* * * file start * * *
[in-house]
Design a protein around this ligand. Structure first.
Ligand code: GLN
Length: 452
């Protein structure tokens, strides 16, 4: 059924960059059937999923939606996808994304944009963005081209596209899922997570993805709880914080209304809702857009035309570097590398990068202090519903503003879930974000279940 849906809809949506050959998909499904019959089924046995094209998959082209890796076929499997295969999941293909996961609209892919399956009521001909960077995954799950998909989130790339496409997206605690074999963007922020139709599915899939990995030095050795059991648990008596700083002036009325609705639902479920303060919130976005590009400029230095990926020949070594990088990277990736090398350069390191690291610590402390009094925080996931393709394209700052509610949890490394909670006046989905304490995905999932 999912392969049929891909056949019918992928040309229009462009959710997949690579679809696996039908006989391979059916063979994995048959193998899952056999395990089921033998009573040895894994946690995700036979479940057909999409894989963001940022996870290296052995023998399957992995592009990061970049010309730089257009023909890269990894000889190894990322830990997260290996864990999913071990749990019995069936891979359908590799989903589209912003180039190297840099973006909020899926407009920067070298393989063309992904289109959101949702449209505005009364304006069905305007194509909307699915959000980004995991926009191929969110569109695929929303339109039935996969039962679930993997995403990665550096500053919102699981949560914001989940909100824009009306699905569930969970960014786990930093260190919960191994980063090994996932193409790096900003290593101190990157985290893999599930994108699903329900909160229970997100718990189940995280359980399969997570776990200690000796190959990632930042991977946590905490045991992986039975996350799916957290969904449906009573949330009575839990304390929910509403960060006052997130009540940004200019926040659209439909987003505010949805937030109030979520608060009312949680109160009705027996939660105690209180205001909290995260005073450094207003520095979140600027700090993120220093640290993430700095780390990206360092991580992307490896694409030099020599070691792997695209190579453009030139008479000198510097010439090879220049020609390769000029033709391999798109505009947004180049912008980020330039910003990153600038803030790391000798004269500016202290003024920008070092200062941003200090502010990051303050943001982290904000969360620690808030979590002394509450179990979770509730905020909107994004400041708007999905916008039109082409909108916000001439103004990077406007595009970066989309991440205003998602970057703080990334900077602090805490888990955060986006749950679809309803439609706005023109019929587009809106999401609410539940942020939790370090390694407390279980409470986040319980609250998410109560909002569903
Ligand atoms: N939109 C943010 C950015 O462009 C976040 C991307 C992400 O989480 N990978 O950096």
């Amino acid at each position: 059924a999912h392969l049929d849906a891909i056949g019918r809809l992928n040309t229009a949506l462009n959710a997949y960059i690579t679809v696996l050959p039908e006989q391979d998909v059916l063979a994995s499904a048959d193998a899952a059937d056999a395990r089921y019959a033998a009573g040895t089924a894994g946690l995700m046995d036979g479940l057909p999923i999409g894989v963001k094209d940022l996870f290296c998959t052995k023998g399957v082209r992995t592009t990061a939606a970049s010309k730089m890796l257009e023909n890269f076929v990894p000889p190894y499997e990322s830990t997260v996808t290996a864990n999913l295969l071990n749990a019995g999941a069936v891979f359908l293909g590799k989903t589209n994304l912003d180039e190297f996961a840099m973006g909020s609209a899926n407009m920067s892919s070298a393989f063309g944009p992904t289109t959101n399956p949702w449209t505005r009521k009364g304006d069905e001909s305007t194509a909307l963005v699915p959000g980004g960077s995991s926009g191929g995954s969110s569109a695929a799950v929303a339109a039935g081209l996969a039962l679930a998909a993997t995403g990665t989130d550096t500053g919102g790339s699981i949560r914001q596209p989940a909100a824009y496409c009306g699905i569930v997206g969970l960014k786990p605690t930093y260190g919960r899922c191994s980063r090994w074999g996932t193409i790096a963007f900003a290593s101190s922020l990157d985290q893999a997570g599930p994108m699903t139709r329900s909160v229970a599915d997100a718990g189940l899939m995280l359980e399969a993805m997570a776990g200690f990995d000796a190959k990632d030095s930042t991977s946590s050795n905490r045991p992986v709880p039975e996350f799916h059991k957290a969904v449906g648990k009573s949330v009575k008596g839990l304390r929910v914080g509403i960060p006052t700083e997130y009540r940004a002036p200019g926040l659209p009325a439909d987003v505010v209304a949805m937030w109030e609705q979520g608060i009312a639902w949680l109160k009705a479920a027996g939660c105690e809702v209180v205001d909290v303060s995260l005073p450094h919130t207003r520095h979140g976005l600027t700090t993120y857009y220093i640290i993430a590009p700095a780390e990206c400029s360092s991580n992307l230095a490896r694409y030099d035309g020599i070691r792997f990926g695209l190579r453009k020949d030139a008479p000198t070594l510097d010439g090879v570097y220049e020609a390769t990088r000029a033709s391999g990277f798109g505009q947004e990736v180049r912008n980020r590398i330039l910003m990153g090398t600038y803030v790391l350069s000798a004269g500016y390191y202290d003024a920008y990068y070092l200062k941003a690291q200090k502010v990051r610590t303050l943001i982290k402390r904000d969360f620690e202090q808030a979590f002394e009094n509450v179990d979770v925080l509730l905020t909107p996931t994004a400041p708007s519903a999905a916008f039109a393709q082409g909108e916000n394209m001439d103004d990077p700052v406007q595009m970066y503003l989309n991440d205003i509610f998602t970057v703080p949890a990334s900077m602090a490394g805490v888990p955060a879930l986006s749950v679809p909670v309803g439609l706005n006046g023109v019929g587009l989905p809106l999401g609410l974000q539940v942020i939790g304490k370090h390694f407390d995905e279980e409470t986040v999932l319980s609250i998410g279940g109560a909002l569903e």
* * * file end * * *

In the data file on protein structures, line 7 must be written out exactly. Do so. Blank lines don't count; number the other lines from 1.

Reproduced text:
């Amino acid at each position: 059924a999912h392969l049929d849906a891909i056949g019918r809809l992928n040309t229009a949506l462009n959710a997949y960059i690579t679809v696996l050959p039908e006989q391979d998909v059916l063979a994995s499904a048959d193998a899952a059937d056999a395990r089921y019959a033998a009573g040895t089924a894994g946690l995700m046995d036979g479940l057909p999923i999409g894989v963001k094209d940022l996870f290296c998959t052995k023998g399957v082209r992995t592009t990061a939606a970049s010309k730089m890796l257009e023909n890269f076929v990894p000889p190894y499997e990322s830990t997260v996808t290996a864990n999913l295969l071990n749990a019995g999941a069936v891979f359908l293909g590799k989903t589209n994304l912003d180039e190297f996961a840099m973006g909020s609209a899926n407009m920067s892919s070298a393989f063309g944009p992904t289109t959101n399956p949702w449209t505005r009521k009364g304006d069905e001909s305007t194509a909307l963005v699915p959000g980004g960077s995991s926009g191929g995954s969110s569109a695929a799950v929303a339109a039935g081209l996969a039962l679930a998909a993997t995403g990665t989130d550096t500053g919102g790339s699981i949560r914001q596209p989940a909100a824009y496409c009306g699905i569930v997206g969970l960014k786990p605690t930093y260190g919960r899922c191994s980063r090994w074999g996932t193409i790096a963007f900003a290593s101190s922020l990157d985290q893999a997570g599930p994108m699903t139709r329900s909160v229970a599915d997100a718990g189940l899939m995280l359980e399969a993805m997570a776990g200690f990995d000796a190959k990632d030095s930042t991977s946590s050795n905490r045991p992986v709880p039975e996350f799916h059991k957290a969904v449906g648990k009573s949330v009575k008596g839990l304390r929910v914080g509403i960060p006052t700083e997130y009540r940004a002036p200019g926040l659209p009325a439909d987003v505010v209304a949805m937030w109030e609705q979520g608060i009312a639902w949680l109160k009705a479920a027996g939660c105690e809702v209180v205001d909290v303060s995260l005073p450094h919130t207003r520095h979140g976005l600027t700090t993120y857009y220093i640290i993430a590009p700095a780390e990206c400029s360092s991580n992307l230095a490896r694409y030099d035309g020599i070691r792997f990926g695209l190579r453009k020949d030139a008479p000198t070594l510097d010439g090879v570097y220049e020609a390769t990088r000029a033709s391999g990277f798109g505009q947004e990736v180049r912008n980020r590398i330039l910003m990153g090398t600038y803030v790391l350069s000798a004269g500016y390191y202290d003024a920008y990068y070092l200062k941003a690291q200090k502010v990051r610590t303050l943001i982290k402390r904000d969360f620690e202090q808030a979590f002394e009094n509450v179990d979770v925080l509730l905020t909107p996931t994004a400041p708007s519903a999905a916008f039109a393709q082409g909108e916000n394209m001439d103004d990077p700052v406007q595009m970066y503003l989309n991440d205003i509610f998602t970057v703080p949890a990334s900077m602090a490394g805490v888990p955060a879930l986006s749950v679809p909670v309803g439609l706005n006046g023109v019929g587009l989905p809106l999401g609410l974000q539940v942020i939790g304490k370090h390694f407390d995905e279980e409470t986040v999932l319980s609250i998410g279940g109560a909002l569903e």